Last month’s travel got me wondering what travel changes are going to stick after the COVID pandemic begins to recede. With all the restaurant and bar closures caused by COVID lockdowns, I’m updating my recommendations list based on recent travels. And I’m way overthinking our first post-lockdown international trip. All this and more – click here to download the podcast file, go up to the Subscribe section in the top menu bar to subscribe on your favorite site, or listen right here by clicking on the arrow on the player.
Here is the transcript of TravelCommons podcast #178:
Since The Last Episode
- Intro music — Warmth by Makkina
- Coming to you from the TravelCommons studio in Chicago, Illinois after a much lighter travel schedule than before the last episode. The day after posting the July episode, Irene and I got back in the car (because those 12-hour drives to and from the East Coast just weren’t enough for me), but this time heading north, as I mentioned at the end of the last episode, to Traverse City, MI to do Paddle for Pints with some friends; it’s a taproom crawl, but in kayaks instead of on streets. It’s a lot of fun. There’s something about physical exertion while drinking that seems to justify the next beer.
- Now, anyone who’s driven any distance through the Midwest knows there’s only two seasons here — winter and construction season — and we didn’t get too far outside of Chicago on I-90 before a merge down to single lane traffic ground traffic to a crawl and I started refreshing Waze and Google Maps looking for alternatives. I’ve said in past episodes that, even though Google owns both, my experience is they can recommend different routes, especially in high-traffic, fast-changing situations. To me, Waze feels a little “twitchier”; it’ll twist you down a half-dozen random side streets to save 30 seconds while Google Maps guesses you’re willing to suck it up for a couple more minutes in exchange for a simpler route. And that’s exactly what happened to us in northwest Indiana which leaves me trying to figure out which route to take. I tweeted out later (actually while on a snack break in a taproom in Grand Rapids) “ I really hate it when Google Maps and Waze fight” to which the Waze social media crew replied “We like to think of it more as a disagreement”. Nicely done. And then Jim McDonough, a long-time TravelCommons listener, added “Apple Maps breaks the tie?” Good idea, but I was having enough fun swiping between two maps; adding a third would’ve put me in the ditch for sure. I mostly used Waze, but skipped the recommended routing through side streets in Gary, Indiana. The risk-reward trade-off on that just didn’t feel worth it.
- I was supposed to head out to the Bay Area last week on business, going to a plant on the east side of the Bay for a big team meeting. But it got re-vectored at the last minute from California back to Chicago because that Bay Area country had reinstated indoor mask mandates. Nobody questioned the move. With everyone on the team fully vaccinated months ago, we’d all happily gotten used to meeting with each other like it’s 2019 again and really didn’t want to go back to 8 hours of masks, muffled voices, and trying to read non-verbal cues from the nose up. As it was, we just made it under the wire — our meeting was Wednesday and Thursday, and then on Friday, Chicago’s indoor mask mandate went into effect. It’s sorta peak Chicago that the city collected the revenue off of 385,000 mostly maskless Lollapalooza attendees before dropping the boom on those of us who actually live in the city.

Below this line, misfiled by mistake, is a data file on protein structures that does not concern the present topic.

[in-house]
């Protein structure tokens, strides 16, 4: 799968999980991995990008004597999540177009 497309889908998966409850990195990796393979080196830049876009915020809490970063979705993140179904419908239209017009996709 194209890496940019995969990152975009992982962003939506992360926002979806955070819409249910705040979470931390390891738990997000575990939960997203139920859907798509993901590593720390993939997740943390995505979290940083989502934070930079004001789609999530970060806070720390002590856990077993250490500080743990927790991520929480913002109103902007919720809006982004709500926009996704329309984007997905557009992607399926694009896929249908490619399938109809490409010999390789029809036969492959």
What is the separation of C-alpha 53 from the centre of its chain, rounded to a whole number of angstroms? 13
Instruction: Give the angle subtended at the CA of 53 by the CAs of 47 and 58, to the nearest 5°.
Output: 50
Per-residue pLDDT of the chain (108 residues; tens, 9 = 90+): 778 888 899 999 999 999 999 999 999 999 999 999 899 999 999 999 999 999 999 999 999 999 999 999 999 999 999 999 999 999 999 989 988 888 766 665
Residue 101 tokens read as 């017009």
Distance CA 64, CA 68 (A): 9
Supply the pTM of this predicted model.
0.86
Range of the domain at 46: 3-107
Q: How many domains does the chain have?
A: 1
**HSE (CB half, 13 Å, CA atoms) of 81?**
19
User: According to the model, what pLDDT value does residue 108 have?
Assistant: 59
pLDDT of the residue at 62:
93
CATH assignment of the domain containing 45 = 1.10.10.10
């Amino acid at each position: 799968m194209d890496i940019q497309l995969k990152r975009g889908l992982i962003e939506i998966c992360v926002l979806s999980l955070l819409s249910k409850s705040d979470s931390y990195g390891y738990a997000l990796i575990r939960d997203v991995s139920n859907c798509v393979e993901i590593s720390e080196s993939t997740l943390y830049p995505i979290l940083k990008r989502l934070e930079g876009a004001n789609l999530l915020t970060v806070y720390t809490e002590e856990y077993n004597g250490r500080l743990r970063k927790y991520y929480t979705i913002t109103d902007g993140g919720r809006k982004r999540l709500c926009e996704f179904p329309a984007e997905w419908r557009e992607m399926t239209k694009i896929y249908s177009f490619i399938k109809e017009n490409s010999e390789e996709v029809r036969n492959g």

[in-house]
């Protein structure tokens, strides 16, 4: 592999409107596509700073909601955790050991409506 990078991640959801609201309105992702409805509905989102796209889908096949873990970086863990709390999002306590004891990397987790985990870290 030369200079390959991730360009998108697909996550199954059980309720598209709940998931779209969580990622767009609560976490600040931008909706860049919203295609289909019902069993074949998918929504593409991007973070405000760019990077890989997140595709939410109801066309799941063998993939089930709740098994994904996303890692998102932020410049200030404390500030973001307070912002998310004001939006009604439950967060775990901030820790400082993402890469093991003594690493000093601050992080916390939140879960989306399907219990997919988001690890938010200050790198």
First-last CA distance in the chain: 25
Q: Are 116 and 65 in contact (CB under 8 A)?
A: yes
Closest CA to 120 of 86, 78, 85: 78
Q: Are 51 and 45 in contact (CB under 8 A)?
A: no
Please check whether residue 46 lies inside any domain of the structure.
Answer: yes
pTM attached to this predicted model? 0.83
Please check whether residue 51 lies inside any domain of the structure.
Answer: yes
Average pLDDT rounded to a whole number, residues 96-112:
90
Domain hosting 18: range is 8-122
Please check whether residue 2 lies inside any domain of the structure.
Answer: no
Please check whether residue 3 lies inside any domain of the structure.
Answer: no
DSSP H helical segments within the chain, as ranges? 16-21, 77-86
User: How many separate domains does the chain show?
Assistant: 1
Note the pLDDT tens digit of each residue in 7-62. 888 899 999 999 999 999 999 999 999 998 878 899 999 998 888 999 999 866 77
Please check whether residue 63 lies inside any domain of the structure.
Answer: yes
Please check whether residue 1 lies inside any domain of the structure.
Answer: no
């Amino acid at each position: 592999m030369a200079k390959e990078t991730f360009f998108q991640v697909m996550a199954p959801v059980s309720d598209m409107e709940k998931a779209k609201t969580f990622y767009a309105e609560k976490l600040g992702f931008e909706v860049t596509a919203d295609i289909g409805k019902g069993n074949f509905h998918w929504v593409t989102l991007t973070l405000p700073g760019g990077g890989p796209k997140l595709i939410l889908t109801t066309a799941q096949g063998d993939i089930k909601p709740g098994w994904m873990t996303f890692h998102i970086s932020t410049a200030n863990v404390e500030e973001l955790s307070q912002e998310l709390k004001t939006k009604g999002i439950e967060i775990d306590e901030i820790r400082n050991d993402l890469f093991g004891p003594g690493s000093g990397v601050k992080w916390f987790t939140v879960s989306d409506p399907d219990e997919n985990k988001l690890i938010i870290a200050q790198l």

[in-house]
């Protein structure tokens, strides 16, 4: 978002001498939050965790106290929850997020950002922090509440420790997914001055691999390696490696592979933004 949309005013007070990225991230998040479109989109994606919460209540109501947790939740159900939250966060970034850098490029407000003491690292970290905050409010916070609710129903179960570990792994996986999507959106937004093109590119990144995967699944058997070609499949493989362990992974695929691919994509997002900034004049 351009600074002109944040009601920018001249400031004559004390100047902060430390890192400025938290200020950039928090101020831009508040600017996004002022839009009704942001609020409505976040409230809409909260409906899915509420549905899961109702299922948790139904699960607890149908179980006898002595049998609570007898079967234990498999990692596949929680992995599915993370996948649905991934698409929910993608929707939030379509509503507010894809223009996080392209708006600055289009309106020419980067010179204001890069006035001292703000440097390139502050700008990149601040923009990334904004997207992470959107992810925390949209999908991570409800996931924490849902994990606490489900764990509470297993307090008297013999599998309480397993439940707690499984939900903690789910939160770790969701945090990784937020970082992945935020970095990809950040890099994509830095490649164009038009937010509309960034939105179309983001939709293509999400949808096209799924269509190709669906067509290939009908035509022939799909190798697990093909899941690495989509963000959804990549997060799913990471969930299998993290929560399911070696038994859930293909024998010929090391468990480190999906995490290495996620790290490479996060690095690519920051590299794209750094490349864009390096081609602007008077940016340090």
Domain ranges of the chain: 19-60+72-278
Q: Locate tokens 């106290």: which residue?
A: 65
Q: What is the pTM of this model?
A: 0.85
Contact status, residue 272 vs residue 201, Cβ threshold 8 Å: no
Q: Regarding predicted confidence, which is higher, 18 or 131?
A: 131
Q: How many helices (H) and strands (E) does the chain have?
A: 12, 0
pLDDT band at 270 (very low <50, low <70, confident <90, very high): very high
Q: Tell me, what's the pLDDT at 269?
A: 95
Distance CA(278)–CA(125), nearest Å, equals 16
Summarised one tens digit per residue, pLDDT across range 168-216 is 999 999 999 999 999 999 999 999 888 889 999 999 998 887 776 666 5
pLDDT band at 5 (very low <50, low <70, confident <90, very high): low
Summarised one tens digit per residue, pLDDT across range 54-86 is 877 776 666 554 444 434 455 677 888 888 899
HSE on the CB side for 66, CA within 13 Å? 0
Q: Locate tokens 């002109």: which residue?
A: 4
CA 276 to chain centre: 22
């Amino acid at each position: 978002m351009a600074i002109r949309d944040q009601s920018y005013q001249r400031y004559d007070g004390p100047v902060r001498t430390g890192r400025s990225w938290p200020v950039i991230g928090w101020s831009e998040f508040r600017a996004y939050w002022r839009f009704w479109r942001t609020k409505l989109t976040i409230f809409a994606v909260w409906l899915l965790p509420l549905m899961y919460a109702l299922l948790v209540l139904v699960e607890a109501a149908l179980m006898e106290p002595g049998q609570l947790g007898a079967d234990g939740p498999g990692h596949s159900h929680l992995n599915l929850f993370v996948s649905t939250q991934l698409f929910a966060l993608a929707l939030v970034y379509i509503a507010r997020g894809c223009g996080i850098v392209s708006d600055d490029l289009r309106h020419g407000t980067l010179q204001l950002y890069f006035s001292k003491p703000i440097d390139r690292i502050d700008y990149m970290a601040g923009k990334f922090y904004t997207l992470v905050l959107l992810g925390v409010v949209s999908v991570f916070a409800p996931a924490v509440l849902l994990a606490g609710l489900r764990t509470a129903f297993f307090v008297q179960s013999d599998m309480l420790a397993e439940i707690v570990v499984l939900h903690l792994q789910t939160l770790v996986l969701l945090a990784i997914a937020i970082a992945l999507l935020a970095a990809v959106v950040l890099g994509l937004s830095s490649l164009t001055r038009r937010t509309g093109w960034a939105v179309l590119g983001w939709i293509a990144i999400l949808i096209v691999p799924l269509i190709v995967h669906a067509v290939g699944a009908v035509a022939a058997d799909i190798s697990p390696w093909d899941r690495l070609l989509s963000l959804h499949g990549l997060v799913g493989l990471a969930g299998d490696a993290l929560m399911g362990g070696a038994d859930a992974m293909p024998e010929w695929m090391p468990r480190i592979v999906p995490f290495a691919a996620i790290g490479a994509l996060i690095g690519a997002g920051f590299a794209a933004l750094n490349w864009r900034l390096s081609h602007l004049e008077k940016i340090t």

- Bridge Music — Astral Travel by Astral (c) copyright 2013 Licensed under a Creative Commons Attribution (3.0) license. http://dig.ccmixter.org/files/Astral/44282
- One of the reasons it takes me so long to do an episode is I lack the discipline to bail out when I get caught in a click spiral. This time it was about the United Airlines flight that was evacuated because a teenager decided to troll fellow passengers by AirDropping them a picture of an Airsoft gun. For the non-iPhone users out there, AirDrop lets iPhones and Macs easily share stuff — pictures, videos, web links — wirelessly with others nearby. It’s been around for about 10 years and pretty quickly people figured out they could drop random/interesting pictures onto nearby strangers who had set their phones wide-open. I’ve seen this happen and it can be pretty funny, watching someone suddenly start looking around in a bar or a train, wondering who’d AirDropped them a picture. But what’s funny or, at worst, annoying in a bar is easily interpreted as a safety threat 10 years on from 9/11. They pulled everyone off for rescreening, searched the plane, and then left three hours later, leaving the teen behind in SFO. Understandable, I thought, if maybe a slight overreaction — until I got to maybe the 5th page of Google search results where I clicked through to not-yet- another rehash of the United incident, but something different — a story about an AirDropped message on a Delta flight. It said “A plane-jacking will happen soon, 2 hours and 37 minutes it will start in the front on aisle 6.” That flight too was evacuated, but this time they didn’t find the sender. Maybe airlines’ safety demos need to show iPhone users how to set their AirDrop to “Receiving Off”.